I was very lucky as my parents always took me every year to see shows as a part of the Fringe and their visits still continue every year. I distinctly remember being a young teenager and being told that I was able to pick this year as she wanted me to understand that there were some pieces of theatre that while the stories were good were not perhaps so well planned and see failures as well as successes. That year we saw some of the best of the fringe but also some of the absolute worst, to the point that they almost didn’t speak to me. It also made me realise however the extreme amounts of effort it takes to perform at the Fringe for what to an outsider looks like very little reward and so I have huge respect for anyone, whatever the success of the piece, for taking anything to Edinburgh at all and to write it, market it, and produce it. It is a fantastic thing for Edinburgh as the rhythm of the city completely changes and it becomes a lively and engaging place where opportunity happens and people are able to reach communities far beyond Scotland.

Where do you see the Fringe going in the future? With the festival’s seventieth year just finishing there has been a lot of discussion regarding the changes undergoing the festival and fears of it becoming overly commercial. What are your thoughts?

I think there is a huge challenge for the Edinburgh Fringe in that it becomes harder and harder financially for companies to bring pieces of theatre up to the city. Just the cost of accommodation in Edinburgh due to the huge demand on it is astronomical. I can see a future where it does become more commercial and for me that would be a shame as I think the joy of the fringe and something that the organisers are very keen to keep is maintaining the broad range of work allowing many people from many different communities to tell stories at the Edinburgh Fringe as there aren’t that many places where you can go and see a play in the morning about a domestic abuse situation, in the afternoon maybe do some comedy and then in the evening watch a hard-hitting piece of dance theatre. It is incredibly important that we are able to explore all those facets of life and having an arts festival that celebrates diversity is incredibly important. That is what the Edinburgh Fringe has done incredibly successfully over the course of its history and maintaining that ethos should be a priority.

Coming to your role as a director what have been your biggest influences on your practice?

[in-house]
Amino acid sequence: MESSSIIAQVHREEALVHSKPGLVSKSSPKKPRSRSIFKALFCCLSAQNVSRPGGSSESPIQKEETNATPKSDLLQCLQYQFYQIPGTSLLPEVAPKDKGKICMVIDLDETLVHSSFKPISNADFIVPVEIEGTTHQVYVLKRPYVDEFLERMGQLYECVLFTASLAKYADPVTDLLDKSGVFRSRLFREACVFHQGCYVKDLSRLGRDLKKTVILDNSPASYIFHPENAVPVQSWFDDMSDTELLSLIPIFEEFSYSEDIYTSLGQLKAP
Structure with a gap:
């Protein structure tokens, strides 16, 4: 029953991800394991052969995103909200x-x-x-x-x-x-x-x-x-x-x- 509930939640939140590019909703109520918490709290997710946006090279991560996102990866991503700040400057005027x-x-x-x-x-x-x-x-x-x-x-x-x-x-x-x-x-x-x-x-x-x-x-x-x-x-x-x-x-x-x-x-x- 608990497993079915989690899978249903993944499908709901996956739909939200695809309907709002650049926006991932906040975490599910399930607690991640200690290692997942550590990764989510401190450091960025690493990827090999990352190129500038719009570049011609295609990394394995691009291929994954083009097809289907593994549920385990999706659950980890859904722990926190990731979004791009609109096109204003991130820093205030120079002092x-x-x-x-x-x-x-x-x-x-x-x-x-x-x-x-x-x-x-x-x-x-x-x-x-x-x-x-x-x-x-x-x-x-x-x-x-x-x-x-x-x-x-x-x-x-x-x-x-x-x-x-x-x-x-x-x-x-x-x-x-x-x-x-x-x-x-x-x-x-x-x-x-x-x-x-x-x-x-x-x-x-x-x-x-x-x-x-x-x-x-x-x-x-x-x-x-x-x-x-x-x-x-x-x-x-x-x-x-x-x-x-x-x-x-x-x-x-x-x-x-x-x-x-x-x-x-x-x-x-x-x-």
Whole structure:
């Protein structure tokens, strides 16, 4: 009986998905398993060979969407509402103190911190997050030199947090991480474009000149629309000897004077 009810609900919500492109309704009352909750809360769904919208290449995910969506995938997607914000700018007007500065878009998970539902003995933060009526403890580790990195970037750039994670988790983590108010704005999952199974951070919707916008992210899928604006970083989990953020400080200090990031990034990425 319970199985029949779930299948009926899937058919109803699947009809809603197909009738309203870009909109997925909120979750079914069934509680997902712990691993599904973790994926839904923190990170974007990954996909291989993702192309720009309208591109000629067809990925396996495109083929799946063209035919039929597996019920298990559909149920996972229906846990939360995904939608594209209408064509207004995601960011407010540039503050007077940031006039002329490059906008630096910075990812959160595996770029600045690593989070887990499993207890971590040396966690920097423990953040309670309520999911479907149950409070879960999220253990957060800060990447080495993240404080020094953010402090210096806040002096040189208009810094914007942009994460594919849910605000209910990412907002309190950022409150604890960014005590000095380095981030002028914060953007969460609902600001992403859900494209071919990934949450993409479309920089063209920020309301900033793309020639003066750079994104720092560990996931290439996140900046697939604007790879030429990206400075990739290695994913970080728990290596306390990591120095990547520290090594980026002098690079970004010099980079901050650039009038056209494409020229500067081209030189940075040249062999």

I learn from each practitioner that I work with. I think the works of people like Ivo van Hove are important in their efforts in isolating the drama of a situation and really speaking directly to the audience. My practice is also adapted to each play, for example with You Forgot the Mince there is a situation which is hard to define why it is the characters do what they do and the choice to become abusive is a difficult one for an actor and the whole point of this play is to prove there is a choice and in developing the world in which an actor is to explore the situation effectively there must be the ability for a choice to be made; the choice to abuse. This happens by closing down the world so that there is only one choice for these characters. Most of the time my work is about opening up situations and providing options so that there is cross purposes within the room which is completely different to what we have done here.

How have you adapted between directing for musicals like Hamilton which you are going on to do in the West End later this year and 42nd Street to hard hitting drama like You Forgot the Mince?

I think all of these shows have the experiences in common and these characters can remain very real despite the differing form. When I take on the mantle of rehearsing understudies like I did in 42nd Street it is about identifying the truth in these characters which needs to stay the same across musical theatre even to the most abstract of drama. What I see my job as it to identify to both the actors and the audience what the truth of the situation is because that is when it speaks to an audience.

You Forgot the Mince Tour Dates

26 – 30 September: The Courtyard Theatre, London

2 October: Hope Mill Theatre, Manchester

3 October: MAC, Birmingham

4 October: The Castle, Wellingborough

6 – 7 October: Shoebox Theatre, Swindon

12 – 14 October: Interplay Theatre, Leeds